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Monday, December 09, 2019 {{ new Date().getDay() }}

During his State of the Union address, President Obama to discussed the economy, jobs, climate change, gun control, and immigration. And in accordance with tradition he cited stories from individuals and families he has met, many of whom sat in the House gallery as guests of Michelle Obama.

Among the First Lady’s guests were Staff Sergeant Clinton Romesha, who was just awarded the Medal of Honor for his bravery while serving in Afghanistan in 2009; Kaitlin Roig, a first-grade teacher who survived the shooting at Sandy Hook Elementary School; and the parents of Hadiya Pendleton, a 15 year girl who was recently killed in Chicago as a result of gun violence, among others. One of the most interesting (and oldest) guests in the Capitol will be Desiline Victor, a 102-year-old Haitian immigrant and devout Obama supporter.

In November, Victor was waiting for her turn to vote at her local library when, after three hours in line, like anyone, the elderly woman became tired and was asked by poll workers to return later that night to vote. The determined “Granny,” as she is known in her hometown, returned and was finally able to cast her vote for President Obama.

Her determination encouraged other voters to withstand the long lines to do their civic duty. A farmworker who emigrated from Haiti in 1989, Victor has lived in Florida since. “She just wants everyone to know she wants everyone to vote,” said her nephew, Mathieu Pierre-Louis, who translated her words from Creole.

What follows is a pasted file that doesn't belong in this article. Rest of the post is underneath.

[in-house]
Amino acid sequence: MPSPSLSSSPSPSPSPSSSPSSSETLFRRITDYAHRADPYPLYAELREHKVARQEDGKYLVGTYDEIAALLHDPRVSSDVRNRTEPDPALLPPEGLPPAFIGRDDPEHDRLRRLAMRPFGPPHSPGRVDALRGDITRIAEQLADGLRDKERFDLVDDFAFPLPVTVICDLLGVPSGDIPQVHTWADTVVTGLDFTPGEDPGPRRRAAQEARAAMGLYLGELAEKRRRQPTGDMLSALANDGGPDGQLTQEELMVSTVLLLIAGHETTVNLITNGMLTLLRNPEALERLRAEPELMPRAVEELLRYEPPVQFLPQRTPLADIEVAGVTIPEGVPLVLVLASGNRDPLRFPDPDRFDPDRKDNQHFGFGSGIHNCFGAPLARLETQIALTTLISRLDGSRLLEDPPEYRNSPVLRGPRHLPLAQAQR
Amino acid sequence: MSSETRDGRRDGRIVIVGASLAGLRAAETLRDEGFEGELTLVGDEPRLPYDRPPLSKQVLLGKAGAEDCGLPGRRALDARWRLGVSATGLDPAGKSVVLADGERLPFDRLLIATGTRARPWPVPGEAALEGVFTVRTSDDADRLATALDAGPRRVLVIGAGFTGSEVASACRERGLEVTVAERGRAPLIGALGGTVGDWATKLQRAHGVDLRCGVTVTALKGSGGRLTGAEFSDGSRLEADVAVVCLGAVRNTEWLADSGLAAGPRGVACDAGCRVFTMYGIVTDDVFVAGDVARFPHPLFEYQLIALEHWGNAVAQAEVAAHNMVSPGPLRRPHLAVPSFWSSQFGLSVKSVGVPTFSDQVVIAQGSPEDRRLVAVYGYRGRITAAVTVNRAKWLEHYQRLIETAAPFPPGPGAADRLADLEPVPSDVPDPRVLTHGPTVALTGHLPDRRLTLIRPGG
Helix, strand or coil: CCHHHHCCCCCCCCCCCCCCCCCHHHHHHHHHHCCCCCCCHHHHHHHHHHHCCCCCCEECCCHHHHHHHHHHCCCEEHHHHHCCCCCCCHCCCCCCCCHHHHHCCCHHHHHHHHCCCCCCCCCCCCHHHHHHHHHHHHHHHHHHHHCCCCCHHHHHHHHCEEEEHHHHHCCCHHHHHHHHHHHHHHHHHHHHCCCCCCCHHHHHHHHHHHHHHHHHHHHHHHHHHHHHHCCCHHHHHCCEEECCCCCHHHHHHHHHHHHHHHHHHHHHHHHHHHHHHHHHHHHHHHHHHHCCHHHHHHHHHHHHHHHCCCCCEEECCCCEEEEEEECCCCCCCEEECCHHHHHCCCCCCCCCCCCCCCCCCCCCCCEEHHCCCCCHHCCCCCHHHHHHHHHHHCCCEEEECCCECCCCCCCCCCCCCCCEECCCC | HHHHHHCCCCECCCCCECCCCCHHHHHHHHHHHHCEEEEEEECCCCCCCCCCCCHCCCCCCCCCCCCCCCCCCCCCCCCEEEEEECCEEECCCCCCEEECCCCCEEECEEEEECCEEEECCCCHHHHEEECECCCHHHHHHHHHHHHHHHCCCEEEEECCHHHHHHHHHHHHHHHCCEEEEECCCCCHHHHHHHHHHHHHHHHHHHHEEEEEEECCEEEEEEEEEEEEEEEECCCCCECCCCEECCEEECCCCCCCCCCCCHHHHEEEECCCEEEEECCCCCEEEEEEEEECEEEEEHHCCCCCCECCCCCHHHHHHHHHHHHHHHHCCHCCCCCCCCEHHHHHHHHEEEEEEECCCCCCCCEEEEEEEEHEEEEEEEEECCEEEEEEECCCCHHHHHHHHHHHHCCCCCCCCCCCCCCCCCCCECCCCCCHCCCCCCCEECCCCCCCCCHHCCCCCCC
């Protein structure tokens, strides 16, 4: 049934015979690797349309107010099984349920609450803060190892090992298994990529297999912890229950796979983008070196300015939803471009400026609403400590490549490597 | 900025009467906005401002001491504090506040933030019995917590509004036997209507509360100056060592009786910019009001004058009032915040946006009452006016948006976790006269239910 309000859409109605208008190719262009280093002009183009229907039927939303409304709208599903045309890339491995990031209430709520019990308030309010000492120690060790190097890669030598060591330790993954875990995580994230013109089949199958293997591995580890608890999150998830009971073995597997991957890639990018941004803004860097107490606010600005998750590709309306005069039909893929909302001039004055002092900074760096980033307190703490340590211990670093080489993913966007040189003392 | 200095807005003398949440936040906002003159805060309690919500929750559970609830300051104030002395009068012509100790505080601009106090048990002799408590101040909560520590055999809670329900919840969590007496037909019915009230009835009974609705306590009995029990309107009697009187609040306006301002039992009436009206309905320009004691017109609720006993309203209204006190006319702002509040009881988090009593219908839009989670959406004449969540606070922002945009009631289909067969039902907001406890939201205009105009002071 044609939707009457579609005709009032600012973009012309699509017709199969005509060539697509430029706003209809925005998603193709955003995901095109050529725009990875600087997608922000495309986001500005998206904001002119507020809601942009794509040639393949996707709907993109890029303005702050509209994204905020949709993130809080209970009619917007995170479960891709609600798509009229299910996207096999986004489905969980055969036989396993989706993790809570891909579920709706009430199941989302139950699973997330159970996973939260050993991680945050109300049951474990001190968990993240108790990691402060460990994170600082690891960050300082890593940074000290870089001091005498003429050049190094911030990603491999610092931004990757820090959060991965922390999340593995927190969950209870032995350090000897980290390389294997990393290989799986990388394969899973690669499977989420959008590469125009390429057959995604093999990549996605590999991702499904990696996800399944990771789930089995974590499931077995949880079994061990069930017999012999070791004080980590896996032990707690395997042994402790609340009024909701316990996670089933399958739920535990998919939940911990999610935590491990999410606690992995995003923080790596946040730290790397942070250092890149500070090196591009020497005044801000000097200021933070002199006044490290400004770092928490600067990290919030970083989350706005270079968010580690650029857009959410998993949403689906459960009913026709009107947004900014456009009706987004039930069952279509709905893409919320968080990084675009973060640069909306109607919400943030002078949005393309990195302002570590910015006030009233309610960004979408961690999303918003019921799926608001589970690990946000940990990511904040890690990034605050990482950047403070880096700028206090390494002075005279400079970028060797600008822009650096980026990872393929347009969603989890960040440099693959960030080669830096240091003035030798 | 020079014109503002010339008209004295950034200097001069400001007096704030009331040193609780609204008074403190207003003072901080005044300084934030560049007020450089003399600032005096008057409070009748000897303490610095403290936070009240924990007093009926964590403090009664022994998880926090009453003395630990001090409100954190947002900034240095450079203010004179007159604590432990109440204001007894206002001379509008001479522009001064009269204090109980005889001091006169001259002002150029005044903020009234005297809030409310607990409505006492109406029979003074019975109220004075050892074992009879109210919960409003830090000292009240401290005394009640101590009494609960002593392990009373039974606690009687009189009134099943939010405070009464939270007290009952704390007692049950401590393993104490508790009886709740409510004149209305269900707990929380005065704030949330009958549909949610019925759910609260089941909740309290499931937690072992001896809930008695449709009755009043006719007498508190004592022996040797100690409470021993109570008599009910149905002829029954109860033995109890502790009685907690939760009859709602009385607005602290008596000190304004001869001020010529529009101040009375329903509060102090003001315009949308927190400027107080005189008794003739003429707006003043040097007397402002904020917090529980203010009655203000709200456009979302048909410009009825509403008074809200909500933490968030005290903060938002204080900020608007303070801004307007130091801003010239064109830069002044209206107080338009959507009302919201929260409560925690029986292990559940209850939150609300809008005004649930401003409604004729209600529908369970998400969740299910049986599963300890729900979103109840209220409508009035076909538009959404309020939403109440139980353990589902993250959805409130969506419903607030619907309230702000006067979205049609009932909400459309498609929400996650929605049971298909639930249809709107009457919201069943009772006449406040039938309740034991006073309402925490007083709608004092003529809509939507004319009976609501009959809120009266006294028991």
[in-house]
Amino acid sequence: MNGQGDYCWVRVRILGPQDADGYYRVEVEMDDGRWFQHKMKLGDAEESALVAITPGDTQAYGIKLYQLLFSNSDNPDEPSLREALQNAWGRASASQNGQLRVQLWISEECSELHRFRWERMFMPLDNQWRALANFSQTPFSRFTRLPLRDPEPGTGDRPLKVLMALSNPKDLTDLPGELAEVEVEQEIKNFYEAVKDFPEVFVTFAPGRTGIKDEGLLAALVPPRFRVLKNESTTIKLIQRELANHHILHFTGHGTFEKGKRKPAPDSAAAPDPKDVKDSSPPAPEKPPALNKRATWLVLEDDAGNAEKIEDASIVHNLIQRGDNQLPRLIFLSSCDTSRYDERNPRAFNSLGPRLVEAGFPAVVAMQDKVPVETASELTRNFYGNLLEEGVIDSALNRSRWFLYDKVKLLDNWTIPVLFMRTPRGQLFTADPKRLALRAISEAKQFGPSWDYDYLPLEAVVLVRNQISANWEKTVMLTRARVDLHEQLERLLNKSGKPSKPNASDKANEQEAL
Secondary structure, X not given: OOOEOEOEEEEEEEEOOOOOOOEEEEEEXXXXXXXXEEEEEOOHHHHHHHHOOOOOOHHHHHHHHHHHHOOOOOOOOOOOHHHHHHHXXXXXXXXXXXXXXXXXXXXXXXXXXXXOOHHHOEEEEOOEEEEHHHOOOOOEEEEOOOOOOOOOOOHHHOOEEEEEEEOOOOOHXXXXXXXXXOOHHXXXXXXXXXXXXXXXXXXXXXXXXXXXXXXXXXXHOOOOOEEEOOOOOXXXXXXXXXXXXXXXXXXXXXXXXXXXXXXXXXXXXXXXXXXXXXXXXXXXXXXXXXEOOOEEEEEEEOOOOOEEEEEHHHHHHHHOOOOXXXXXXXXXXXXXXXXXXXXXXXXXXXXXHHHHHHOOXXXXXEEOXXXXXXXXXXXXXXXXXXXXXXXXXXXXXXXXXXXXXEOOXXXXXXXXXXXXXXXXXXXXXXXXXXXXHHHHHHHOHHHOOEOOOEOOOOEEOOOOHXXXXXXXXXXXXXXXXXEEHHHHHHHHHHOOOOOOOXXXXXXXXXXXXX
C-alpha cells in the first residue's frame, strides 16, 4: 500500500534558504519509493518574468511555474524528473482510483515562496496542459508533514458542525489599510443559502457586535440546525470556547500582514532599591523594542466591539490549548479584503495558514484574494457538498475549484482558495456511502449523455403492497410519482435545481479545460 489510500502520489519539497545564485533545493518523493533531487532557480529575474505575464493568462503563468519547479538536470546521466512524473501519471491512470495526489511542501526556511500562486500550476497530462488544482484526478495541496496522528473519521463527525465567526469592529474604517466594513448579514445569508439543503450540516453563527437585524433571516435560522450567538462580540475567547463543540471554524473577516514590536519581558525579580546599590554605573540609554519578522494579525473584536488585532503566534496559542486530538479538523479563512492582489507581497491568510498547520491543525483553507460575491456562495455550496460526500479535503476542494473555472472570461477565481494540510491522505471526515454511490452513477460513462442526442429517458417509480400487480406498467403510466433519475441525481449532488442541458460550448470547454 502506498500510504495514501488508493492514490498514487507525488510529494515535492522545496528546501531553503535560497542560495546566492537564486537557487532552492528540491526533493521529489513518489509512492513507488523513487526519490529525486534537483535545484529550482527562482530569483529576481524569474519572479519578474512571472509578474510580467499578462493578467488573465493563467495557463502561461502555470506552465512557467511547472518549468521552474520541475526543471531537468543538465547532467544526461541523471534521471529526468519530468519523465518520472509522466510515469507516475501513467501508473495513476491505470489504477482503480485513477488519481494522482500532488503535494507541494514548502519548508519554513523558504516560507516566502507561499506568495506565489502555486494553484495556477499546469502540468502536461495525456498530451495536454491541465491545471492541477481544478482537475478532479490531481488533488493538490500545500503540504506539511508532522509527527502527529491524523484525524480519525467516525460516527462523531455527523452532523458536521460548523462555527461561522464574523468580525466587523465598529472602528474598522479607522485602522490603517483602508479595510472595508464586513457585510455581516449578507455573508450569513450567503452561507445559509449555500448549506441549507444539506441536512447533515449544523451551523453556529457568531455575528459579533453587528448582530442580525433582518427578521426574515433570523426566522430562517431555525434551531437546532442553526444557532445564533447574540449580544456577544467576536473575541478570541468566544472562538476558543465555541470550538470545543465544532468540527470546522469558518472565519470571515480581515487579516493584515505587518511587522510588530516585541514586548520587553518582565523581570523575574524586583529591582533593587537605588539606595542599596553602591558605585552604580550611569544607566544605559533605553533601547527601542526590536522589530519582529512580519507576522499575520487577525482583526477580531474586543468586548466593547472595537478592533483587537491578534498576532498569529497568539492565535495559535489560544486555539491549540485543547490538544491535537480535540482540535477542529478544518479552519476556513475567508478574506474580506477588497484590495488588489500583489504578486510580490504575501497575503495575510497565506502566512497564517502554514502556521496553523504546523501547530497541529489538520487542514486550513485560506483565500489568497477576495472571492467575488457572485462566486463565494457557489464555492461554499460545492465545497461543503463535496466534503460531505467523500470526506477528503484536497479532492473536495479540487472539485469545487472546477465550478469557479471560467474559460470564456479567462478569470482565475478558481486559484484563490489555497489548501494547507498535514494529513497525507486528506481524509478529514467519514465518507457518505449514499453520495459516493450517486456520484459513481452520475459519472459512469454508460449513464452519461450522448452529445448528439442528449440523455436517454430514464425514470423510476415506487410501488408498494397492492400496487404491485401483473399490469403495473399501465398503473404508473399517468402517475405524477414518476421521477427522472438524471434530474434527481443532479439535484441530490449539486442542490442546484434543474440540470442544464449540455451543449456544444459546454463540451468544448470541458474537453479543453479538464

Voting laws in Florida again came under scrutiny after the 2012 election, when the Republican-controlled state legislature passed laws to deliberately create obstacles for voters who were likely to vote for a Democratic candidate. In addition to measures that limited third-party organizations from registering voters and restricted certain absentee ballots, the 2011 Florida voting laws created long lines at the polls when the early voting time frame was cut from two weeks to eight days.

This did not deter Victor and the many voters she inspired. At the State of the Union, she will not only represent the growing importance surrounding improving voting laws across the country, but she also serves as a great example of the democratic determination of many naturalized immigrants coming to this country.

(Photo Courtesy of the Advancement Project)

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Jeff Danziger lives in New York City. He is represented by CWS Syndicate and the Washington Post Writers Group. He is the recipient of the Herblock Prize and the Thomas Nast (Landau) Prize. He served in the US Army in Vietnam and was awarded the Bronze Star and the Air Medal. He has published eleven books of cartoons, a novel and a memoir. Visit him at DanzigerCartoons.

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